Newspaper article The Daily Mercury (Mackay, Australia)

SUV Smarts Go All Compact; Vani Naidoo Finds This Cute Little SUV Is Actually Big on Practicality

Newspaper article The Daily Mercury (Mackay, Australia)

SUV Smarts Go All Compact; Vani Naidoo Finds This Cute Little SUV Is Actually Big on Practicality

Article excerpt

Vital statistics

Model: Holden Trax.

Details: Five-door, two-wheel-drive, sub-compact SUV.

Transmission: Six-speed auto or five-speed manual.

Engine: 1.8-litre DOHC 16-valve four-cylinder petrol, generating maximum power of 103kW @ 6300rpm and peak torque of 175Nm @ 3800rpm.

Consumption: 7 litres/100km (combined average, manual); 7.6L/100km (auto).

CO2: 164g/km (manual); 179g/km (auto).

Bottom line: LS (manual), $23,490, LS (automatic), $25,690, LTZ (auto only) $27,990.

THE popularity of SUVs in Australia continues to grow with figures for new vehicles sold in January showing that the sports utility accounted for almost 30% of sales.

It is little wonder then that manufacturers are so keen to add the SUV - in every size - to their stables in the hope of capitalising on that trend.

The Trax has joined the Captiva and Colorado 7 in Holden showrooms, a sub-compact SUV designed to capture the imagination of trendy, tech-savvy young people as well as those looking to downsize.

The Trax is built on the Barina platform and is offered here as a front-wheel drive with General Motors opting to confine the AWD option to overseas markets.

Comfort

We were surprised by the spaciousness of the Trax, with a tall roof and high seating position allowing for more than adequate leg and headroom.

Of course the back seat is better suited for two than three, but the seats themselves are comfortable and fairly supportive.

Storage solutions are ample and clever, with the designers making good use of otherwise dead space.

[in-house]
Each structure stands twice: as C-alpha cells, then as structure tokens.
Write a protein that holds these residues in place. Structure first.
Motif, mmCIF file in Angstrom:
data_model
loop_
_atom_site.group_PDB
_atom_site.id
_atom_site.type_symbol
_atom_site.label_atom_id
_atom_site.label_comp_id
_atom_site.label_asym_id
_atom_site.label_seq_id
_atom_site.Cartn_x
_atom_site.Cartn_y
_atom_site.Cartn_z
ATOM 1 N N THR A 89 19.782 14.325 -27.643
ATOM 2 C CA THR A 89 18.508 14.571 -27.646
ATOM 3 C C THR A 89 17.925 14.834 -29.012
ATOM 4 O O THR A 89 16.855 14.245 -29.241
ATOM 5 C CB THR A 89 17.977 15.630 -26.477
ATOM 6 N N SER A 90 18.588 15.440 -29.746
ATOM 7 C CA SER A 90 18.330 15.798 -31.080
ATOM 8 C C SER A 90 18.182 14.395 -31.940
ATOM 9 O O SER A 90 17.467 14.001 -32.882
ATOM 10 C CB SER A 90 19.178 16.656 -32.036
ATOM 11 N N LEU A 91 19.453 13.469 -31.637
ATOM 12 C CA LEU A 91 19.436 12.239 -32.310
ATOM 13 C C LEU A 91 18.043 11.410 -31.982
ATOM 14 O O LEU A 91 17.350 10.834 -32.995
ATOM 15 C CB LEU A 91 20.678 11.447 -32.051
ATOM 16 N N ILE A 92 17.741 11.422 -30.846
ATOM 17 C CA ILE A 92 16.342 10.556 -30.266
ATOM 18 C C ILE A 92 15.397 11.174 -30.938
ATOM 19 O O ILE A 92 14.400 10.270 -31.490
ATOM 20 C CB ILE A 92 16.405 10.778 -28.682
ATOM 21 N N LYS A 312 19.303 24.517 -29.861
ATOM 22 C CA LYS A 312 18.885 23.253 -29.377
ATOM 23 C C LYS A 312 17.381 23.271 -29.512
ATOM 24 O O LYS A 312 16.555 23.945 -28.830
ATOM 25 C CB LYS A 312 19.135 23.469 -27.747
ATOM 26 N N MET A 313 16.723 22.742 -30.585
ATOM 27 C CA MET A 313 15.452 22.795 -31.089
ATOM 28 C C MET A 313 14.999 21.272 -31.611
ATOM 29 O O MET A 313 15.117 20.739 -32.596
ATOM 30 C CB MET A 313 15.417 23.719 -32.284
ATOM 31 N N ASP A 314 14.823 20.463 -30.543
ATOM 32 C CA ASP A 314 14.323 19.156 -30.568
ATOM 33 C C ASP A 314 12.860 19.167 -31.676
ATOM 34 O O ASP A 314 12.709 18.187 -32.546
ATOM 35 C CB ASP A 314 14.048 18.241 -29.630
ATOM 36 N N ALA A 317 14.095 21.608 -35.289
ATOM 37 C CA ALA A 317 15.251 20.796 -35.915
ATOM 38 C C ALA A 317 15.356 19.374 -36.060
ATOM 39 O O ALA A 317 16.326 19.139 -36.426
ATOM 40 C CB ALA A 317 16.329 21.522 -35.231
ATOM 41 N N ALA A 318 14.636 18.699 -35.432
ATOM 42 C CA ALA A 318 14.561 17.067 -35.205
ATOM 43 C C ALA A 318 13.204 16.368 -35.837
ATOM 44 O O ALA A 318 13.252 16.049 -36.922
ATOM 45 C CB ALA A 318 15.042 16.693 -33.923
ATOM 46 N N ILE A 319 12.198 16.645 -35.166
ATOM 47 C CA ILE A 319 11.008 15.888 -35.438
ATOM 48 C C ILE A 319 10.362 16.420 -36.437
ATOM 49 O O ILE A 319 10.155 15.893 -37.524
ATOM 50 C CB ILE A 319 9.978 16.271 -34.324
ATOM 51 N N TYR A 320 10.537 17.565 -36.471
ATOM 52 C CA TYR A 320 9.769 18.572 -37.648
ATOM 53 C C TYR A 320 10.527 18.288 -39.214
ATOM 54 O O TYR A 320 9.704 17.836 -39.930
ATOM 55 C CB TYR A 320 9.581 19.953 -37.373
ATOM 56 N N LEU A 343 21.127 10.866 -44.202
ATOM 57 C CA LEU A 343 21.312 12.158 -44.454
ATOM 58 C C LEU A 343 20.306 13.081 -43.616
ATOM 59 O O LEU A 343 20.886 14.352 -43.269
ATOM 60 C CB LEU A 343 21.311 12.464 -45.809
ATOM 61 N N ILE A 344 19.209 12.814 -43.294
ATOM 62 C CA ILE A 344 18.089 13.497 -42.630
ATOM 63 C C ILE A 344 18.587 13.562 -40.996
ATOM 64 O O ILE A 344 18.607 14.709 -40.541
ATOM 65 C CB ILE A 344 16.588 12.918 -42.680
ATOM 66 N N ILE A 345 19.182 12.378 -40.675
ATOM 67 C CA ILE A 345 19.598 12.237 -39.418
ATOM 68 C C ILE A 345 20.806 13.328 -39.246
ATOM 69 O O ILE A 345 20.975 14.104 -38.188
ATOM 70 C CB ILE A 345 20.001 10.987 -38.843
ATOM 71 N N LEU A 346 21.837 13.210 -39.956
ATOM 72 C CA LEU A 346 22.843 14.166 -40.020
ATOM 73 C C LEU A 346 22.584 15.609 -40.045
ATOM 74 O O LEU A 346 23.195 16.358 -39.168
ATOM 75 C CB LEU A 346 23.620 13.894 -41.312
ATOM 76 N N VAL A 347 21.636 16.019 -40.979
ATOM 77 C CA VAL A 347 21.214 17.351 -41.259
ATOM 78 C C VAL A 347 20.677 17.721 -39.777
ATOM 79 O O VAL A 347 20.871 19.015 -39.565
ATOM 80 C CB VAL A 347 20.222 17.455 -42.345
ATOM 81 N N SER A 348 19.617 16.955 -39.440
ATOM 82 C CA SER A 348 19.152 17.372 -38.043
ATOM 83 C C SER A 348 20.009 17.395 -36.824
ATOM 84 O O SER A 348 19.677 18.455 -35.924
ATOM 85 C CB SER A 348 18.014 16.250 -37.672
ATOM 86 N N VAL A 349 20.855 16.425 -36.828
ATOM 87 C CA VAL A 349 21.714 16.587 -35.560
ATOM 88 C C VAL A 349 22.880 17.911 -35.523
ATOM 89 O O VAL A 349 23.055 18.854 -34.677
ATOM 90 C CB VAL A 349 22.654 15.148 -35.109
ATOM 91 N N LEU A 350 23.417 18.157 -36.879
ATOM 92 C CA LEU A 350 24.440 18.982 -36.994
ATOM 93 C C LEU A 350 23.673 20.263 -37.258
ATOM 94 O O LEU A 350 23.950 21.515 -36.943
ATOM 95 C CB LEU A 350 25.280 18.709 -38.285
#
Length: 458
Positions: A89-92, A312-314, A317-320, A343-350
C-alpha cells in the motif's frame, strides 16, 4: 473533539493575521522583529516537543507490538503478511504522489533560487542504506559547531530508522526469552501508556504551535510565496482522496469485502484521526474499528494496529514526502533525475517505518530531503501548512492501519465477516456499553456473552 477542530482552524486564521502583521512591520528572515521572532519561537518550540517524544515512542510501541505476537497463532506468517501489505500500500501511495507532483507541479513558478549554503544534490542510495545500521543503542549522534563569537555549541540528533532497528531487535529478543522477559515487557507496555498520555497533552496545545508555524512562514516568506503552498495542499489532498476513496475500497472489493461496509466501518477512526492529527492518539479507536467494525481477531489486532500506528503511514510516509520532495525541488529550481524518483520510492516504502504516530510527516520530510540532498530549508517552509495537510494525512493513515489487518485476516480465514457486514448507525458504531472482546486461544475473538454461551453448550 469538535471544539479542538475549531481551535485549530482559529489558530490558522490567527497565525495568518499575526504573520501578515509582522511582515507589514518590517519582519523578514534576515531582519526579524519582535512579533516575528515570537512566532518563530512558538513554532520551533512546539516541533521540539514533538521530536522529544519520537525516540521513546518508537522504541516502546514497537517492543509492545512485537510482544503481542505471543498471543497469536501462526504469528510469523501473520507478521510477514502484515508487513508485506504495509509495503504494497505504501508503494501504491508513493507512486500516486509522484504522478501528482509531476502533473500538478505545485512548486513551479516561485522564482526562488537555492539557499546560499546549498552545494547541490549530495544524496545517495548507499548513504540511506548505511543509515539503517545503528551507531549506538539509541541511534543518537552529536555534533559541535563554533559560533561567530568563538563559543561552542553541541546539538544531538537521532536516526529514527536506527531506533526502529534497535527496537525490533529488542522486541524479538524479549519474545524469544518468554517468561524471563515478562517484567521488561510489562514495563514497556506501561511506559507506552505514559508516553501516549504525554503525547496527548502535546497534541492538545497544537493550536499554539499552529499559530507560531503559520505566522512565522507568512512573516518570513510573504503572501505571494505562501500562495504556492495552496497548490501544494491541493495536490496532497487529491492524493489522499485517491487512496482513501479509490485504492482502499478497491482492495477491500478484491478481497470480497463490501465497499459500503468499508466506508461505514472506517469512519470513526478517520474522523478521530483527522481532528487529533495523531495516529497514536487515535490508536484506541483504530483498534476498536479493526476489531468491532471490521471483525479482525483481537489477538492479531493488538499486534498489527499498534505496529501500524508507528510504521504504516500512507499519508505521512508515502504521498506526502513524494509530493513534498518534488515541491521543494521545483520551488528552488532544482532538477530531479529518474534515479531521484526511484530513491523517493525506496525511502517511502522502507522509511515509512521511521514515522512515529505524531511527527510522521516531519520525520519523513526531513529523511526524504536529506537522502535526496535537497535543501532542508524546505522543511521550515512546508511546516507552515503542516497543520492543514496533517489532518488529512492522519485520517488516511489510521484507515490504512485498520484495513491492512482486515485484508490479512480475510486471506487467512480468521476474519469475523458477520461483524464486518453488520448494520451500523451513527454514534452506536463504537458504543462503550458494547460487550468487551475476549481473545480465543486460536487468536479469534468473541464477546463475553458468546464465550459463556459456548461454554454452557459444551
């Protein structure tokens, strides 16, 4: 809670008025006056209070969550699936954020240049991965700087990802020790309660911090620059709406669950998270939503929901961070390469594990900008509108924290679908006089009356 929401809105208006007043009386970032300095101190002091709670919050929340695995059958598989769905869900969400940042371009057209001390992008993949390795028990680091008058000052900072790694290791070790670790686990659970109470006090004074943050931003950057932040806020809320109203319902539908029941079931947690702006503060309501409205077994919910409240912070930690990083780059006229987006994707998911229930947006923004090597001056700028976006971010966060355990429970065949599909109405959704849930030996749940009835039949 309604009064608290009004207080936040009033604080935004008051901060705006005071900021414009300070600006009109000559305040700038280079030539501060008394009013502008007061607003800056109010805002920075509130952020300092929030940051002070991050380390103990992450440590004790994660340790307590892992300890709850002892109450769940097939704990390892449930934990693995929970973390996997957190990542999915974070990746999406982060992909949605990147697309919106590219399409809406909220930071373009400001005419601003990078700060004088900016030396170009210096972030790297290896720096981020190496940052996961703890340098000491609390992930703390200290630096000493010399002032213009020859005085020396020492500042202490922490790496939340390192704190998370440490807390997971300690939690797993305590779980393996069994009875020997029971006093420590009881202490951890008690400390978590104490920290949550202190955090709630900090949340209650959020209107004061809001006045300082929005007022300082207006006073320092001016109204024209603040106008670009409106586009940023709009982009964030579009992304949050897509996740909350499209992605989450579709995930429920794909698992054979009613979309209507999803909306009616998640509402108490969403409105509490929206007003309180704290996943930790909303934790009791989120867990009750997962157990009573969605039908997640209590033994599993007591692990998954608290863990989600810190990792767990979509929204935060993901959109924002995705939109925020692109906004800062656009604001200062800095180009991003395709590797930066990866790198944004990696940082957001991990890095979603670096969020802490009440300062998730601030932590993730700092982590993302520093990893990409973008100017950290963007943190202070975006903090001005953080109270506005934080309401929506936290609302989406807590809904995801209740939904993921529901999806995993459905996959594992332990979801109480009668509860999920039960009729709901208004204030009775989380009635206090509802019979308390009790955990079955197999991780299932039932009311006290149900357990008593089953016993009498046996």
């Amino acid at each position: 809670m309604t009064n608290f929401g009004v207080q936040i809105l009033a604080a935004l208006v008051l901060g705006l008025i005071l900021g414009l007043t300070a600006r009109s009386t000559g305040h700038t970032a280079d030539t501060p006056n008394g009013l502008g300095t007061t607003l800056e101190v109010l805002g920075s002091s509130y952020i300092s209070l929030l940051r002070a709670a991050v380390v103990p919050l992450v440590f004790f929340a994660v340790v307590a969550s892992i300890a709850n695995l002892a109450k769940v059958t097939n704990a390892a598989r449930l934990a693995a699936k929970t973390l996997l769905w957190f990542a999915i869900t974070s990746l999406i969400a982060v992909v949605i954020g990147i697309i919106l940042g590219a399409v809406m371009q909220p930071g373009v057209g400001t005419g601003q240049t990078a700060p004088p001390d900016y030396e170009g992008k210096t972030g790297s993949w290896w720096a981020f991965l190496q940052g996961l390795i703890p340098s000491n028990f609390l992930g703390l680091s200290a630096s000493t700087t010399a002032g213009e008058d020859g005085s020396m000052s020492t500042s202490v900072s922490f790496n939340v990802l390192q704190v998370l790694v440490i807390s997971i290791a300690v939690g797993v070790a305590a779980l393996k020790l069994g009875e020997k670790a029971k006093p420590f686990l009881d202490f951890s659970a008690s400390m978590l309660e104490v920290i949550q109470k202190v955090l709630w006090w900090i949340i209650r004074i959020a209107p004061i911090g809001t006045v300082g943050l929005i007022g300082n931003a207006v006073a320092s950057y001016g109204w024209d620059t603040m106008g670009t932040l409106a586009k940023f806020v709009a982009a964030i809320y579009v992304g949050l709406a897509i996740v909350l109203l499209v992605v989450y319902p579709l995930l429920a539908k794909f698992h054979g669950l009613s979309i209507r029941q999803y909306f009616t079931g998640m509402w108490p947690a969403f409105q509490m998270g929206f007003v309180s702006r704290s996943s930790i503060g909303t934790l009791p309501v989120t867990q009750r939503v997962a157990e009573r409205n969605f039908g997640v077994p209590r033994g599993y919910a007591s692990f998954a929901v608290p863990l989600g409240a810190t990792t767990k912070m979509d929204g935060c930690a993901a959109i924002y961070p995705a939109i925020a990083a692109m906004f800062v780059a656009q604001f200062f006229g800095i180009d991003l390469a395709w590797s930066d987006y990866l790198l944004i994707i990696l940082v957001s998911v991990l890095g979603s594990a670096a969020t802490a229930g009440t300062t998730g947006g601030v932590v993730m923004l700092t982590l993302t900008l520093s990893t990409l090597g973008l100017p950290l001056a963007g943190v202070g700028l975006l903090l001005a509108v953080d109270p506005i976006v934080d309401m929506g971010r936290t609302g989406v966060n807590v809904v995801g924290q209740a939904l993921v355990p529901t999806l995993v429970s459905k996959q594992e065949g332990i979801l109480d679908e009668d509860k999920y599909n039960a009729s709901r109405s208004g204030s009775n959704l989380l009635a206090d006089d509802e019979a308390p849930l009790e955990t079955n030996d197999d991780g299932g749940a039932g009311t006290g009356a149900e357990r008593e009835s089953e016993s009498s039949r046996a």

The boot, at 356 litres with the 60:40 seats in position and 1370 litres when lowered, is capable and can deal easily with a small weekly shop.

The interior, on the whole, is run-of-the-mill with simple fittings which are easy to decipher. While the dash is well set out, there is little to rave about other than the useful digital speedometer. A few soft touch surfaces would help mellow the hard plastics.

On the road

The Trax is powered by the 1.8-litre engine first seen in the Cruze and is mated to either a five-speed manual or optional six-speed automatic transmission.

It is a unit that is perfectly adequate on the inner-city roads for which the Trax was designed and can hold its own should highway driving be more your preference.

It certainly handles well. There is some body roll to contend with and the steering offers minimal feedback but that seems to be par for the course these days.

With suspension tuned to Australian conditions, the Trax offers an easy, comfortable ride even when the roads are wanting.

The manual was the pick for us. Changes were smooth and holding it in a lower gear a tad longer seemed to maximise performance.

The automatic was sometimes a bit noisy for us, especially when the car was pushed and battled to find its range quickly. …

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